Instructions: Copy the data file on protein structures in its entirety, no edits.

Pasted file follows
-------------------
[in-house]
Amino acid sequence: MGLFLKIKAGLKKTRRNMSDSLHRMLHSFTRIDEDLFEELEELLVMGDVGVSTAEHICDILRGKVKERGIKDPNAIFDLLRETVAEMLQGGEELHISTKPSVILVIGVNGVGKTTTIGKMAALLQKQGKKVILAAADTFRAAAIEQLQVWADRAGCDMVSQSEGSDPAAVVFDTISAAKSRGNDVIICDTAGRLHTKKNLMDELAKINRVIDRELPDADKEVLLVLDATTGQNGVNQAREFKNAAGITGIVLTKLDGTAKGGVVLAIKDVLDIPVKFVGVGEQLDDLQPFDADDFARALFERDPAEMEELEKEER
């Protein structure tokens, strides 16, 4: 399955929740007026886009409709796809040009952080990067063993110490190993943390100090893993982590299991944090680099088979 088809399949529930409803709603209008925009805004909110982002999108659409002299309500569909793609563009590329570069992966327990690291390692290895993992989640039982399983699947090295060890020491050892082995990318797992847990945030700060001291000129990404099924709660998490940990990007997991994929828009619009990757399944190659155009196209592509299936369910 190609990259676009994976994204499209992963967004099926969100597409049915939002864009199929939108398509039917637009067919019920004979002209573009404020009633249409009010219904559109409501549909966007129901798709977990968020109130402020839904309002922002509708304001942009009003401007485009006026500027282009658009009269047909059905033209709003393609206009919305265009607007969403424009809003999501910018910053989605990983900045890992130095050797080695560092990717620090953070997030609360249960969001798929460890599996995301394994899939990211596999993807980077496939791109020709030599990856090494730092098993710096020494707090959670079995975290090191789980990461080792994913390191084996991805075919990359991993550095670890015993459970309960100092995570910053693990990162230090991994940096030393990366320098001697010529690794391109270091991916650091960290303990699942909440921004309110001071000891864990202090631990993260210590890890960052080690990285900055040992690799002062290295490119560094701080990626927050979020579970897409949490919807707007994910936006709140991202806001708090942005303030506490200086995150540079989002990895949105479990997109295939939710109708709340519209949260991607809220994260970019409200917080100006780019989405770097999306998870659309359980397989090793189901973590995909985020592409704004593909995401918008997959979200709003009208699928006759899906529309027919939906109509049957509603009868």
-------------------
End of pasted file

[in-house]
Amino acid sequence: MGLFLKIKAGLKKTRRNMSDSLHRMLHSFTRIDEDLFEELEELLVMGDVGVSTAEHICDILRGKVKERGIKDPNAIFDLLRETVAEMLQGGEELHISTKPSVILVIGVNGVGKTTTIGKMAALLQKQGKKVILAAADTFRAAAIEQLQVWADRAGCDMVSQSEGSDPAAVVFDTISAAKSRGNDVIICDTAGRLHTKKNLMDELAKINRVIDRELPDADKEVLLVLDATTGQNGVNQAREFKNAAGITGIVLTKLDGTAKGGVVLAIKDVLDIPVKFVGVGEQLDDLQPFDADDFARALFERDPAEMEELEKEER
């Protein structure tokens, strides 16, 4: 399955929740007026886009409709796809040009952080990067063993110490190993943390100090893993982590299991944090680099088979 088809399949529930409803709603209008925009805004909110982002999108659409002299309500569909793609563009590329570069992966327990690291390692290895993992989640039982399983699947090295060890020491050892082995990318797992847990945030700060001291000129990404099924709660998490940990990007997991994929828009619009990757399944190659155009196209592509299936369910 190609990259676009994976994204499209992963967004099926969100597409049915939002864009199929939108398509039917637009067919019920004979002209573009404020009633249409009010219904559109409501549909966007129901798709977990968020109130402020839904309002922002509708304001942009009003401007485009006026500027282009658009009269047909059905033209709003393609206009919305265009607007969403424009809003999501910018910053989605990983900045890992130095050797080695560092990717620090953070997030609360249960969001798929460890599996995301394994899939990211596999993807980077496939791109020709030599990856090494730092098993710096020494707090959670079995975290090191789980990461080792994913390191084996991805075919990359991993550095670890015993459970309960100092995570910053693990990162230090991994940096030393990366320098001697010529690794391109270091991916650091960290303990699942909440921004309110001071000891864990202090631990993260210590890890960052080690990285900055040992690799002062290295490119560094701080990626927050979020579970897409949490919807707007994910936006709140991202806001708090942005303030506490200086995150540079989002990895949105479990997109295939939710109708709340519209949260991607809220994260970019409200917080100006780019989405770097999306998870659309359980397989090793189901973590995909985020592409704004593909995401918008997959979200709003009208699928006759899906529309027919939906109509049957509603009868």